Domestic Violence refers to the "abuse and/or assault of adolescents or adults by their intimate partners...Battering is often used to refer to domestic violence or frequency and severe abuse" (Baker et al., 2002, p. 4). This abusive behavior and clear act of coercion can take on many forms: physical abuse, psychological abuse, imposing economic restraints, sexual abuse, emotional abuse, and other acts of intimidation ("Forms of Domestic Violence," 2006).

Effects of Domestic Violence

Children's exposure to domestic violence, particularly to the abuse experienced by their mothers, was the focus of Huth-Bocks's et al. (2001) research interest. When tested against those who have had no exposure to domestic violence, children with exposure to domestic violence registered poorer in terms of verbal ability while there is no difference between these two groups when talking about visual-spatial abilities. Effects of domestic violence also manifest itself indirectly as it causes maternal depression which influences the home environment of the child (pp.280-282).

The draught of research on the effects of domestic violence on health prompted Hensing & Alexanderson (2000) to look at the health consequences of domestic violence among employed women. Their findings shows that exposure to adult domestic violence is closely associated with lower self-perceived health. Moreover, domestic abuse heavily impairs women's vitality, emotional role functioning, and mental health. These women also have twice as many sick leaves (usually 8-30 days long) than women who do not experience domestic violence (pp8-12). Women, who were exposed to domestic violence, also reported that have had experiences of high levels of depression, anxiety, anger, and even post-traumatic stress disorder (Jarvis, Gordon, and Novaco, 2005, p.400).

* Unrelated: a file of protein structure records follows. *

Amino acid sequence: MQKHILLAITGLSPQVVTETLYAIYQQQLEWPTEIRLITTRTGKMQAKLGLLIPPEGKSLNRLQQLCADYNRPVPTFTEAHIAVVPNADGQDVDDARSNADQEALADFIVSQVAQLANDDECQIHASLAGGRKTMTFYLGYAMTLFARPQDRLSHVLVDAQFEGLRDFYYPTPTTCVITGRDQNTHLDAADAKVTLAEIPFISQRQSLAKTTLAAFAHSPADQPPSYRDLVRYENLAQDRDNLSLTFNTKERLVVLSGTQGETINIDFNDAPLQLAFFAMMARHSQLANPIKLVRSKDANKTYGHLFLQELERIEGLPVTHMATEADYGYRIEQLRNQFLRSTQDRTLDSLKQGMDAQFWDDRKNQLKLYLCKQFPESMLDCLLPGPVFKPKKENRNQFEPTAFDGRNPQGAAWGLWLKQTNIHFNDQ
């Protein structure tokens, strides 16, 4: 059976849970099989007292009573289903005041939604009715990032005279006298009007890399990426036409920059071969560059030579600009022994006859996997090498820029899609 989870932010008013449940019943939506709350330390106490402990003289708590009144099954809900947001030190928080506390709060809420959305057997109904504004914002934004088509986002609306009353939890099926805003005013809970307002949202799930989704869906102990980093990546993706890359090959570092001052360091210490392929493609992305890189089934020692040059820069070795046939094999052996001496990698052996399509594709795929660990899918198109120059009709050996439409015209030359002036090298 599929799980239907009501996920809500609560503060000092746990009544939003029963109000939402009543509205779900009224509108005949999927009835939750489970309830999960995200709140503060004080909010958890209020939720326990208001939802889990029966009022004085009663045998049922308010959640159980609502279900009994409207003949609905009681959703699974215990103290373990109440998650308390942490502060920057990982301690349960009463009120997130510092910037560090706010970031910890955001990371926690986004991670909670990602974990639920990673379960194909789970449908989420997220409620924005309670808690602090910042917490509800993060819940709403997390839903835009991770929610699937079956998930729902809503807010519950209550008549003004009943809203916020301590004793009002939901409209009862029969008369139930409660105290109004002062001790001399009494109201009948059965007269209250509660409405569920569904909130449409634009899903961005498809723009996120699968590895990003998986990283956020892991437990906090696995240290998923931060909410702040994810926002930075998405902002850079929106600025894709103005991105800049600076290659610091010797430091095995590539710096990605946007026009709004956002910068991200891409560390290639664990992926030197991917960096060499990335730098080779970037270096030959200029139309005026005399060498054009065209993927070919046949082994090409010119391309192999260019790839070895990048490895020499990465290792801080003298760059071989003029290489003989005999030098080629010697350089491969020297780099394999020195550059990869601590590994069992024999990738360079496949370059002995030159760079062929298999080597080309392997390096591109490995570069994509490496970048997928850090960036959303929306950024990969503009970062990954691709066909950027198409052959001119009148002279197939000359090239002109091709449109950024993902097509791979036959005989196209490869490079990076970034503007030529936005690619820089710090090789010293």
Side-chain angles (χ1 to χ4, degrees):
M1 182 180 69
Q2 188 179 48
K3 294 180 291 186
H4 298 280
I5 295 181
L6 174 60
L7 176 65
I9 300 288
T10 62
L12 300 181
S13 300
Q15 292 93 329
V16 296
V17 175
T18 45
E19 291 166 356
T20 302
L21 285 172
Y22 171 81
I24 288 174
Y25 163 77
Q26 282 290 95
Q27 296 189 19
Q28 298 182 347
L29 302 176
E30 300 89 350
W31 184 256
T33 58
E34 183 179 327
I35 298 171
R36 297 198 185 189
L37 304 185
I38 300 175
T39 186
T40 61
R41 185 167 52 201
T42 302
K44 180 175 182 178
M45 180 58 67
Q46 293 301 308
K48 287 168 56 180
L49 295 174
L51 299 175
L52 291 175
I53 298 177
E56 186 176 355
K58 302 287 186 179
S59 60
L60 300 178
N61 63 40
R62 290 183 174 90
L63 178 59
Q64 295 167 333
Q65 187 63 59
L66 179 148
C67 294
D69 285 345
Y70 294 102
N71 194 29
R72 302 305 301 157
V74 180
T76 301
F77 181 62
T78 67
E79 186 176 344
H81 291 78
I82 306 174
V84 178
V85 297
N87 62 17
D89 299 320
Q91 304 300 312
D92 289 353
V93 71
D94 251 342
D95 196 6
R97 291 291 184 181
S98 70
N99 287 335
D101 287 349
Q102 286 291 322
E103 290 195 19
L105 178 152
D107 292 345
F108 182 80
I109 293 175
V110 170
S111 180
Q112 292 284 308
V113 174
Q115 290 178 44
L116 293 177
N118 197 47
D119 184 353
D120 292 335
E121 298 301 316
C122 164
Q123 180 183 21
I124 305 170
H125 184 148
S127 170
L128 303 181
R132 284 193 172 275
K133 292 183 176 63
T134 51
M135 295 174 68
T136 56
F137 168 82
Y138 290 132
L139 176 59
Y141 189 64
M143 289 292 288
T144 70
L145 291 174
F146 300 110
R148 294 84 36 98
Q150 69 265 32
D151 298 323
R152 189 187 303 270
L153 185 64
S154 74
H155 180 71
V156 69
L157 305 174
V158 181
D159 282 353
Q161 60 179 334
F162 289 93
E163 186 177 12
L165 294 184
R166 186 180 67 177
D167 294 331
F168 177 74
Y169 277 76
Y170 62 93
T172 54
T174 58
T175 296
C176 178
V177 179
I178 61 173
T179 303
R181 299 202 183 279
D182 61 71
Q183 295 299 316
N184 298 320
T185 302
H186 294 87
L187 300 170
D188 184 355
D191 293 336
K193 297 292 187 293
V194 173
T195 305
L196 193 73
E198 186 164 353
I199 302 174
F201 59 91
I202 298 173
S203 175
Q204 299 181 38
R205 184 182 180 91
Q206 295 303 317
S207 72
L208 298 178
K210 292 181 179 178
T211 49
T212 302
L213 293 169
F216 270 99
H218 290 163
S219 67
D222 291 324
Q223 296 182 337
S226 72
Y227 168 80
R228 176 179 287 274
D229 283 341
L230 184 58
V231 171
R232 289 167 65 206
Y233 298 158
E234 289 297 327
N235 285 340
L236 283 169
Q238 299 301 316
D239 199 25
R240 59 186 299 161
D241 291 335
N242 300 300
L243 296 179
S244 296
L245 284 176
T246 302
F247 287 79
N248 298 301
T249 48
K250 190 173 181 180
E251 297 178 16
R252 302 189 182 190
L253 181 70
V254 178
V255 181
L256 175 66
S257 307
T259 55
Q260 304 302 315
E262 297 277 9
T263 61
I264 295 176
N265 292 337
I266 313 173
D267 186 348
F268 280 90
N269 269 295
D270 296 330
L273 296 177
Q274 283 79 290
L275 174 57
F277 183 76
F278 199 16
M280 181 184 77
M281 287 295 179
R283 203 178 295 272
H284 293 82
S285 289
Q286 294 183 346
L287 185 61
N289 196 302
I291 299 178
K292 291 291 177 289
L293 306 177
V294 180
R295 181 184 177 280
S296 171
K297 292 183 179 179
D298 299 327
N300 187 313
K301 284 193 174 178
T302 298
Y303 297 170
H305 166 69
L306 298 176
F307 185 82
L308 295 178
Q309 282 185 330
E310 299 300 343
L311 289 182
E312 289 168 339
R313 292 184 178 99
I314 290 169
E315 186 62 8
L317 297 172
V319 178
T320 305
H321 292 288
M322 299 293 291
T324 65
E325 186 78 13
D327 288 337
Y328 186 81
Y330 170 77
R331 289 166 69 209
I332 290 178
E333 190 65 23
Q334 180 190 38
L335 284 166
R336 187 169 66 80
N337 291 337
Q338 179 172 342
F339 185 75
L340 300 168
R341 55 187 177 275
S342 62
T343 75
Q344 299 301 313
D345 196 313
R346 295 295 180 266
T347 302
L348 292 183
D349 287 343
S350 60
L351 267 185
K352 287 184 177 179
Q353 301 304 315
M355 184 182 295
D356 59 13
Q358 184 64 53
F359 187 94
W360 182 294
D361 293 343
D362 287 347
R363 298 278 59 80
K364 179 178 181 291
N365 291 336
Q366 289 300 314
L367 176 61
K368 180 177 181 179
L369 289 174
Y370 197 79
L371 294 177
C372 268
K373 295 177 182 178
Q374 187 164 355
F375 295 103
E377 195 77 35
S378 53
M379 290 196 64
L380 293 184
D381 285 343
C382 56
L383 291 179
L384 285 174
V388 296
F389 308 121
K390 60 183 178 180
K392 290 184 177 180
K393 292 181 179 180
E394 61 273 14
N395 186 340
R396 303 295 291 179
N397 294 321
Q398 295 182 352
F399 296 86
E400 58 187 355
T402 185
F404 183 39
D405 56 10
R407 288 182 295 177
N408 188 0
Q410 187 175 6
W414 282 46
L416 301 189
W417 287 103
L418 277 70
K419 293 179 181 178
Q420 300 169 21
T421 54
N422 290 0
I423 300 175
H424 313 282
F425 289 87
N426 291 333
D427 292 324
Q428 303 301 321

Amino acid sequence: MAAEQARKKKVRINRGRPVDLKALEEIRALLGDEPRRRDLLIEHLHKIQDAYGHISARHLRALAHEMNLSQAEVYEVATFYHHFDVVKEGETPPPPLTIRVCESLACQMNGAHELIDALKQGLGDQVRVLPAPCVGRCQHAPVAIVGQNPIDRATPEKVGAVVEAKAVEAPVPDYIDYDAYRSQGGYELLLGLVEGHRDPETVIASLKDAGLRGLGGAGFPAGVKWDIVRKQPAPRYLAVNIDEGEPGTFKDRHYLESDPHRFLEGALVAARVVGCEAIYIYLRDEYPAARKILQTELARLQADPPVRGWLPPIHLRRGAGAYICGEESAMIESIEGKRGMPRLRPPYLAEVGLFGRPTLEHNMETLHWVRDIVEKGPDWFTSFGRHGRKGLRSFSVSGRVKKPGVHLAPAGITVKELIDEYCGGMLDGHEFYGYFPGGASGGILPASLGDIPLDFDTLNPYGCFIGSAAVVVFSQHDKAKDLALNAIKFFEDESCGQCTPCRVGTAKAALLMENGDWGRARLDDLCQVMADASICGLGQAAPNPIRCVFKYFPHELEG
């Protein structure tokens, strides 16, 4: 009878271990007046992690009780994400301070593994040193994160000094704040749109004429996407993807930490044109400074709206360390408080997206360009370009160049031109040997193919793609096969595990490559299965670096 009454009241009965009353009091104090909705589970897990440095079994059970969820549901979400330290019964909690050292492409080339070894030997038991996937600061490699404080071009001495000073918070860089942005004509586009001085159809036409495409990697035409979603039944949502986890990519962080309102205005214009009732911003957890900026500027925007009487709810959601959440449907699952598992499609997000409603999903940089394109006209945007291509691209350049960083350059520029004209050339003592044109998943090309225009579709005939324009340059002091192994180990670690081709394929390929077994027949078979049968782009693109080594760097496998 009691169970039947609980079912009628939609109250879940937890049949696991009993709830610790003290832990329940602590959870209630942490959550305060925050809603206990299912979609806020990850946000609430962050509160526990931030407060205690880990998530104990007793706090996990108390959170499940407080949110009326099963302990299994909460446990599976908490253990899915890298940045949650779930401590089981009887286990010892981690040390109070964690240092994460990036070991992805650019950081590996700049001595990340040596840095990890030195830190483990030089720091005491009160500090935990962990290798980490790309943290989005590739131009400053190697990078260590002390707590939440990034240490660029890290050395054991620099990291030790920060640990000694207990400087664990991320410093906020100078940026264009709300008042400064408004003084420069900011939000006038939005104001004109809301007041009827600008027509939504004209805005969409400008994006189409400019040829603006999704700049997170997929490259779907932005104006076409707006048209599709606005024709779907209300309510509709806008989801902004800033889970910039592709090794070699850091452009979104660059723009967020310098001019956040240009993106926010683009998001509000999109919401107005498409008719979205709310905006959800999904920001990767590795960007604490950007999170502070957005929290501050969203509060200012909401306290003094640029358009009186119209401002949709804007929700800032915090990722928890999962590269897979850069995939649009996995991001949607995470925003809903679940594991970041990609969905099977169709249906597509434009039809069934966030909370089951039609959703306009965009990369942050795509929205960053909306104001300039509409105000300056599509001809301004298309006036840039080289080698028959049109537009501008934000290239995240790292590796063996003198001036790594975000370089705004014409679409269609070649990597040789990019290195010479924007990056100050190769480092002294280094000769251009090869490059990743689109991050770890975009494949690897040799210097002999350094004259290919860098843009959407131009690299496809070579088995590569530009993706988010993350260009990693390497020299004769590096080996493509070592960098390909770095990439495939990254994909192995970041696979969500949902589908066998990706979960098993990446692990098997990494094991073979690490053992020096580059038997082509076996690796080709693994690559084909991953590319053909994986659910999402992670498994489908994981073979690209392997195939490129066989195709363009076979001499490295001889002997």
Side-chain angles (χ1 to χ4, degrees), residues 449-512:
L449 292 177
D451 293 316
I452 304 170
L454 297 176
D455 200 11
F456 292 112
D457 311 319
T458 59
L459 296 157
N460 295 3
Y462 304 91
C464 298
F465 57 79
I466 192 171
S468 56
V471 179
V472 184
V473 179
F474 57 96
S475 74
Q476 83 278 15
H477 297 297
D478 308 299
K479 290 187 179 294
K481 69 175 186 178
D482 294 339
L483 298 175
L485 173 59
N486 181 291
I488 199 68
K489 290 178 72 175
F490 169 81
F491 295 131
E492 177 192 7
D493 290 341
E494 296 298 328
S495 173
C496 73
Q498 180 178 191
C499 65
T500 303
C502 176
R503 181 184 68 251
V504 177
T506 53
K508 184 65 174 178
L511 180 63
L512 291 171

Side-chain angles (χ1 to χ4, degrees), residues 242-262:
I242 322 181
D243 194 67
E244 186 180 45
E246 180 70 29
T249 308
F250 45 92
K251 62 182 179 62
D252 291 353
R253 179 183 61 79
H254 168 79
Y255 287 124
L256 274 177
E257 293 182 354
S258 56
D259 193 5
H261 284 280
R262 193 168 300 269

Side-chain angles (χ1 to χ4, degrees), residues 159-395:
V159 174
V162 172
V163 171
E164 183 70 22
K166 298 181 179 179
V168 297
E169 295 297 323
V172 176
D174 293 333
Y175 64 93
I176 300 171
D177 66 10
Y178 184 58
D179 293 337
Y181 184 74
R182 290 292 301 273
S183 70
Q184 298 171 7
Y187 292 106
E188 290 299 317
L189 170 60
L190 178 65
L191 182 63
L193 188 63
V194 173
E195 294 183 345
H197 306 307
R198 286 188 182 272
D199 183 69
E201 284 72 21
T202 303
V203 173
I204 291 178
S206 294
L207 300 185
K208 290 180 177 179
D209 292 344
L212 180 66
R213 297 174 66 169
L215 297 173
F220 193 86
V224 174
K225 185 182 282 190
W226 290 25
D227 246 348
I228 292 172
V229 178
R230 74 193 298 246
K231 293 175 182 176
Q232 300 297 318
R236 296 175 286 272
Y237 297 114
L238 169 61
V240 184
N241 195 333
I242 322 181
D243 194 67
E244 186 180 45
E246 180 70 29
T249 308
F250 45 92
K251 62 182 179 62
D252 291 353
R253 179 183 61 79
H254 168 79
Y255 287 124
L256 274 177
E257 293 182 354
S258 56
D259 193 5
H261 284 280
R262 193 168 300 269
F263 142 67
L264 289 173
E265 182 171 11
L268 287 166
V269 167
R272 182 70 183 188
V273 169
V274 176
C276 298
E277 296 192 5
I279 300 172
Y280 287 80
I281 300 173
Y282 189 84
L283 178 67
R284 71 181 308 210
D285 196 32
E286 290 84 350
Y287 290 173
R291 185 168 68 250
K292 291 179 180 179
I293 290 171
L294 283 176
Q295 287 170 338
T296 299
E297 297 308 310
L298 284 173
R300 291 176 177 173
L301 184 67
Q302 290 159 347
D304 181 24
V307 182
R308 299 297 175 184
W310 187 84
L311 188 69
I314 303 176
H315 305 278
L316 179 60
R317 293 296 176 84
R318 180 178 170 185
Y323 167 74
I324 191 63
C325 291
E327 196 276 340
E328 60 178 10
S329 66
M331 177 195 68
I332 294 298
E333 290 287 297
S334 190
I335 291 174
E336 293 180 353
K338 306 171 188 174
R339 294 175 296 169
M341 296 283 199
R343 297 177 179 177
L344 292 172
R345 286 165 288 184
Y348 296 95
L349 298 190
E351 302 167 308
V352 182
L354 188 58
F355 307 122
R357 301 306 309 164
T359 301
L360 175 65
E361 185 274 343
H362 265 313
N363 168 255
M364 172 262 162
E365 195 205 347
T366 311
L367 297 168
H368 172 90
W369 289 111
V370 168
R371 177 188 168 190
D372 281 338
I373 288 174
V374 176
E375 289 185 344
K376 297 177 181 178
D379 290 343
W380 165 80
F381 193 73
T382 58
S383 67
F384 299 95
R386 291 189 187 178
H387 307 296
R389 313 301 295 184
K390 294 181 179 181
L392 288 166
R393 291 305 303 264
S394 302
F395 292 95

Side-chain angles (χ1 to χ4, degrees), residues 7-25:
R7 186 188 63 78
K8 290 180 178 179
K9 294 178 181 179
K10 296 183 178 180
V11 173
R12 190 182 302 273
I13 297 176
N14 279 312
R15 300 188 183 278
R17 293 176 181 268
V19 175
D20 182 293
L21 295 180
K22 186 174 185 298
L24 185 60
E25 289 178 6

Men, on the other hand, are found to be prospective perpetrators of domestic violence. The study of Wolf & Foshee (2003) proves this point as they suggest that exposure to domestic violence is positively associated with dating violence for men but not for women (p.314).

This discussion has demonstrated the broadness of the concept of domestic violence, and the many aspects that can be pursued under this umbrella topic. To make the research more manageable, we will now focus on the chosen dimension of domestic violence, i.e. child abuse.

Childhood Abuse

The alarming increasing rate of the prevalence of child abuse has been noted in the recent decades (Berliner & Elliot in Futa et al., 2003, p. 227). This inevitability led to numerous research works done on this topic. In 2001, Coid et al. wrote that women who experienced childhood abuse were likely to experience other forms of unwanted sexual activity thereby increasing their physical abuse risks. Those who have had lesser severe cases of childhood abuse, on the other hand, were associated with rape, sexual assault, and other traumatic cases but not domestic violence. Also, if the childhood abuse is of lesser degree, most likely, the later form of abuse would not be of the same kind/form (p.453).